• The metal halides are divided amongst 2 timers and set up with the two outside lights together & the two inside lights on the other timer. This provides a better sunrise/sunset affect - the inside two stay on about 15 minutes longer since in my opinion this gives a more natural appearance resembling the last minutes of sunlight shining through a section of reef with the rest going darker. At this stage it is back to the T5 actinic/Fiji purple bulbs & LED "moonlights" until 10:30 PM when it turns to just the LED moonlights and the reef goes dark at midnight.
In my opinion this lighting mix gives me a pretty good balance, with MH in front I still get some good shimmer while the T5's smooth things out.


I would love to say my parameters never fluctuate however as corals grow and their demands increase I need to make adjustments. In any case I do my best to keep them as close to natural sea water as possible.

  • Specific gravity – 1.026
  • Alkalinity – 7 – 7.5 DKH
  • Calcium – 420 PPM
  • Magnesium – 1350 PPM
  • PH – 7.9 – 8.3 ish (I rarely test the PH since in my experience if the alk parameters are okay then the PH is likely within tolerances)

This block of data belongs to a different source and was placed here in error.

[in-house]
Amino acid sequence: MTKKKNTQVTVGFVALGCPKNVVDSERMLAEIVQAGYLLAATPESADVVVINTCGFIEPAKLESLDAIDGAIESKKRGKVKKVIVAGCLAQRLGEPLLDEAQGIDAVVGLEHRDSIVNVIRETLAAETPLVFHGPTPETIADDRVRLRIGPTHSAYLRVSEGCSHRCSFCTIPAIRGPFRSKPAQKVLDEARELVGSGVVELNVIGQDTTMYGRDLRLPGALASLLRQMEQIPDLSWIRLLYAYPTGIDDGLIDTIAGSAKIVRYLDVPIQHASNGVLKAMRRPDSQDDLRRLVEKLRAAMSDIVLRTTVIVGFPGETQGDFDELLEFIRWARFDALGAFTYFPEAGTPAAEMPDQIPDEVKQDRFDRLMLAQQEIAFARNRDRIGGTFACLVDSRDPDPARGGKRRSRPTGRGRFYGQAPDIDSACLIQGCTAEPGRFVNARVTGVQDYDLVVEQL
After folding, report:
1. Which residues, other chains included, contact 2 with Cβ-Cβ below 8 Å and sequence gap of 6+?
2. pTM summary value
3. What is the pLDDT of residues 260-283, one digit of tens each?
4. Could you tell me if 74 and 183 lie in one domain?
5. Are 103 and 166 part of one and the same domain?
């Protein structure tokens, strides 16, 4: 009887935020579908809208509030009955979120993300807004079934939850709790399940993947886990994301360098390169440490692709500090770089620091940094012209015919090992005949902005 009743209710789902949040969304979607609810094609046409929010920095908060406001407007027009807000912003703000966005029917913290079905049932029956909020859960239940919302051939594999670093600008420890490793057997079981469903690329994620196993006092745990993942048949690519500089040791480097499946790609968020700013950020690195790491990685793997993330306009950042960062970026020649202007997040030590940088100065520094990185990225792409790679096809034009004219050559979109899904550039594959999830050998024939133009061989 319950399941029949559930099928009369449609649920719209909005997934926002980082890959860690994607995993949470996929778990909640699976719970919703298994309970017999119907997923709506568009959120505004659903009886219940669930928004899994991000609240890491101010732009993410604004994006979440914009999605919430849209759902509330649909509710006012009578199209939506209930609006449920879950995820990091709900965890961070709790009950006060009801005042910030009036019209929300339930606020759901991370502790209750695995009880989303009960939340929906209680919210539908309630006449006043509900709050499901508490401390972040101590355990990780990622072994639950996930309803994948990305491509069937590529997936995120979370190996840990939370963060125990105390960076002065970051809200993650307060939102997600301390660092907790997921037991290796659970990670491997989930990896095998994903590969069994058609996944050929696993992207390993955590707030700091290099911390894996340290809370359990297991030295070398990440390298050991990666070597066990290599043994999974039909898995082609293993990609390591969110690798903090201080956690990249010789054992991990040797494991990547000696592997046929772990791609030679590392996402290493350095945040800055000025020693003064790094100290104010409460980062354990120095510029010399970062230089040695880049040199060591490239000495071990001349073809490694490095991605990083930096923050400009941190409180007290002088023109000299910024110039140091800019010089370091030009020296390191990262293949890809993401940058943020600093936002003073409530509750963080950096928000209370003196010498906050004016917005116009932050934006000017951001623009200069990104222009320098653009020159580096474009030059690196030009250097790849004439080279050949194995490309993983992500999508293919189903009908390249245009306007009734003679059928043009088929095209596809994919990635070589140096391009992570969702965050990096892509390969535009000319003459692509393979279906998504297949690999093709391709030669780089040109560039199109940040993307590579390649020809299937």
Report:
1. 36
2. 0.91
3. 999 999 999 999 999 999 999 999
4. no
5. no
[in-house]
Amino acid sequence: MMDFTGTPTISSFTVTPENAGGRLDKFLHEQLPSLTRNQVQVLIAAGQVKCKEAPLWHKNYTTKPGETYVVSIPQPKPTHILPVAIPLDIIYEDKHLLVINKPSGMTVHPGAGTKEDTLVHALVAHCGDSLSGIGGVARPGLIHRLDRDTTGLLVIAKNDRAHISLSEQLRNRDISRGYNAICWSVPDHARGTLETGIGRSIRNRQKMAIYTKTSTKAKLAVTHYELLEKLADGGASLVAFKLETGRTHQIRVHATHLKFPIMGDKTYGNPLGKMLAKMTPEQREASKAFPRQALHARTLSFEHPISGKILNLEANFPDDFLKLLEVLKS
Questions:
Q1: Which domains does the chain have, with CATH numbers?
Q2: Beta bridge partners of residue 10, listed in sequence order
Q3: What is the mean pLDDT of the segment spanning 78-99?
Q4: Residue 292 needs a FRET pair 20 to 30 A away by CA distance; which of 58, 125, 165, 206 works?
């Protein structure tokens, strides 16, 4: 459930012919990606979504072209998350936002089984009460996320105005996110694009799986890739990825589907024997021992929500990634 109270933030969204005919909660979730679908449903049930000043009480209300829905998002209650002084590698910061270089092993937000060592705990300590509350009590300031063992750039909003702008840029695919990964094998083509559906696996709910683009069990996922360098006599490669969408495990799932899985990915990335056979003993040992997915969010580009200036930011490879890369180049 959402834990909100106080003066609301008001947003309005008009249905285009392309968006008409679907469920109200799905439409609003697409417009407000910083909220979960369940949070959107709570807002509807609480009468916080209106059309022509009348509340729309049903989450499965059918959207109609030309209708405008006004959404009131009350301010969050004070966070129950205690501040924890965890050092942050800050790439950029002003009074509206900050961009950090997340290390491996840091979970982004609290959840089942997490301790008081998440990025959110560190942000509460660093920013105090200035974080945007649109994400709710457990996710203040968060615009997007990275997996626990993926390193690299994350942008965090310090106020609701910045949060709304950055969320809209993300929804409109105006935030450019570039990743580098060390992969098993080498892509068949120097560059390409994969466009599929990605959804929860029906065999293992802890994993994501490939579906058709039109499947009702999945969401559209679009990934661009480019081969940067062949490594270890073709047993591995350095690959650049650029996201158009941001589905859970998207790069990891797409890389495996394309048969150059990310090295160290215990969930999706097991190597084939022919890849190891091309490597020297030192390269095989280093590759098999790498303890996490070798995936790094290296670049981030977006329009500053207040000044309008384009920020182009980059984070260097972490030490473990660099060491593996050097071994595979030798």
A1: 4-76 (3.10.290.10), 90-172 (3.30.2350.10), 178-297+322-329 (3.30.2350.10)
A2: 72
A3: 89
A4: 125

• Temperature – 77 – 80 degrees F through the day, usually dropping to 75 – 76 F at night.
Husbandry & Routine Maintenance:
- Dose KZ “sponge power” one or two times per week
- Dose "Acro-power" weekly
- Dose Iodide & Potassium weekly
- Dose FM "color elements" weekly
- Weekly water changes of approximately 45 gallons or 6.5%
- Bi-weekly stir sump detritus after lights out to circulate back to display to feed corals
- Cleaning of Protein Skimmers as needed
- Testing of parameters bi-weekly
- Tracking tests & bulb change dates, etc. in a journal
- Change out MH bulbs yearly
- Change out T5 bulbs every 6-8 months
- Pre-Filter bags – change as needed
- Carbon – change out monthly
- Prune & frag corals as needed
- Top up dosing tanks as needed
- Top up auto feeders with pellets as needed
- Clean glass every 3rd day or as needed
- Change filters & membranes in RO unit as needed
- Rinse Chaetomorpha Algae in sump weekly

Fish and Inverts
Below is a list from the display tank. Last fall I lost several fish to an unknown cause and haven't replaced them yet so the list is shorter than it generally is. the coral beauty & yellow tang in the main display are from my original set up so I've had them for 12 years.